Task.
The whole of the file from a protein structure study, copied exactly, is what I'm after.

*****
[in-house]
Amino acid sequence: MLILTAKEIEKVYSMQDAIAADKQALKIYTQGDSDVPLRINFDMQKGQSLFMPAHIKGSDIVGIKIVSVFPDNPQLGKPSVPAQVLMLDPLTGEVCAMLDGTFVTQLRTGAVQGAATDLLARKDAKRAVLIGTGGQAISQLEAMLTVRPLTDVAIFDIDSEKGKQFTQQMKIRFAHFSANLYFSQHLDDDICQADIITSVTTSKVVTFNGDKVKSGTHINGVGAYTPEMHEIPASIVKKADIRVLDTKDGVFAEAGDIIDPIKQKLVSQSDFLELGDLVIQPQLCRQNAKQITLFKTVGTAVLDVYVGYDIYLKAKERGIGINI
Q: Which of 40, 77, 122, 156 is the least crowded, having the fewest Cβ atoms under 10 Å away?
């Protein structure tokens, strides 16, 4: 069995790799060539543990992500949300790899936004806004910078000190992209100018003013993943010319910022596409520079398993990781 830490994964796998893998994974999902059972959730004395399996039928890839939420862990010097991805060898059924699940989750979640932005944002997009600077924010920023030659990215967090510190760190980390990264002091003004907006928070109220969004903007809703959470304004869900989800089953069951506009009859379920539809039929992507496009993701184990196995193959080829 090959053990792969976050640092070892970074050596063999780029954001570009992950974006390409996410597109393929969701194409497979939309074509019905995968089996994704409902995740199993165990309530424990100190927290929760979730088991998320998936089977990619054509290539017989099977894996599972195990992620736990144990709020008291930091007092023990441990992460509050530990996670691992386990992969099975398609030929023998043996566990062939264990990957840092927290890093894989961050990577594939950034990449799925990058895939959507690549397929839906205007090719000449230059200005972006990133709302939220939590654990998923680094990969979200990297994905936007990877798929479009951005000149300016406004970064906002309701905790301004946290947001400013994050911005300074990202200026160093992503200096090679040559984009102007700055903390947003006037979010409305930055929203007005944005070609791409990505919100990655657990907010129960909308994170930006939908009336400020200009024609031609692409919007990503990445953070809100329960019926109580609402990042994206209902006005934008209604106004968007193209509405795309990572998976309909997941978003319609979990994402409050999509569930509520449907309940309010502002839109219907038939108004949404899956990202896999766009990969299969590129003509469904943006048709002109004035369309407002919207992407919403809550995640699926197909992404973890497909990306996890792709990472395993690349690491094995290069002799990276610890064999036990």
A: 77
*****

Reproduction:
[in-house]
Amino acid sequence: MLILTAKEIEKVYSMQDAIAADKQALKIYTQGDSDVPLRINFDMQKGQSLFMPAHIKGSDIVGIKIVSVFPDNPQLGKPSVPAQVLMLDPLTGEVCAMLDGTFVTQLRTGAVQGAATDLLARKDAKRAVLIGTGGQAISQLEAMLTVRPLTDVAIFDIDSEKGKQFTQQMKIRFAHFSANLYFSQHLDDDICQADIITSVTTSKVVTFNGDKVKSGTHINGVGAYTPEMHEIPASIVKKADIRVLDTKDGVFAEAGDIIDPIKQKLVSQSDFLELGDLVIQPQLCRQNAKQITLFKTVGTAVLDVYVGYDIYLKAKERGIGINI
Q: Which of 40, 77, 122, 156 is the least crowded, having the fewest Cβ atoms under 10 Å away?
């Protein structure tokens, strides 16, 4: 069995790799060539543990992500949300790899936004806004910078000190992209100018003013993943010319910022596409520079398993990781 830490994964796998893998994974999902059972959730004395399996039928890839939420862990010097991805060898059924699940989750979640932005944002997009600077924010920023030659990215967090510190760190980390990264002091003004907006928070109220969004903007809703959470304004869900989800089953069951506009009859379920539809039929992507496009993701184990196995193959080829 090959053990792969976050640092070892970074050596063999780029954001570009992950974006390409996410597109393929969701194409497979939309074509019905995968089996994704409902995740199993165990309530424990100190927290929760979730088991998320998936089977990619054509290539017989099977894996599972195990992620736990144990709020008291930091007092023990441990992460509050530990996670691992386990992969099975398609030929023998043996566990062939264990990957840092927290890093894989961050990577594939950034990449799925990058895939959507690549397929839906205007090719000449230059200005972006990133709302939220939590654990998923680094990969979200990297994905936007990877798929479009951005000149300016406004970064906002309701905790301004946290947001400013994050911005300074990202200026160093992503200096090679040559984009102007700055903390947003006037979010409305930055929203007005944005070609791409990505919100990655657990907010129960909308994170930006939908009336400020200009024609031609692409919007990503990445953070809100329960019926109580609402990042994206209902006005934008209604106004968007193209509405795309990572998976309909997941978003319609979990994402409050999509569930509520449907309940309010502002839109219907038939108004949404899956990202896999766009990969299969590129003509469904943006048709002109004035369309407002919207992407919403809550995640699926197909992404973890497909990306996890792709990472395993690349690491094995290069002799990276610890064999036990």
A: 77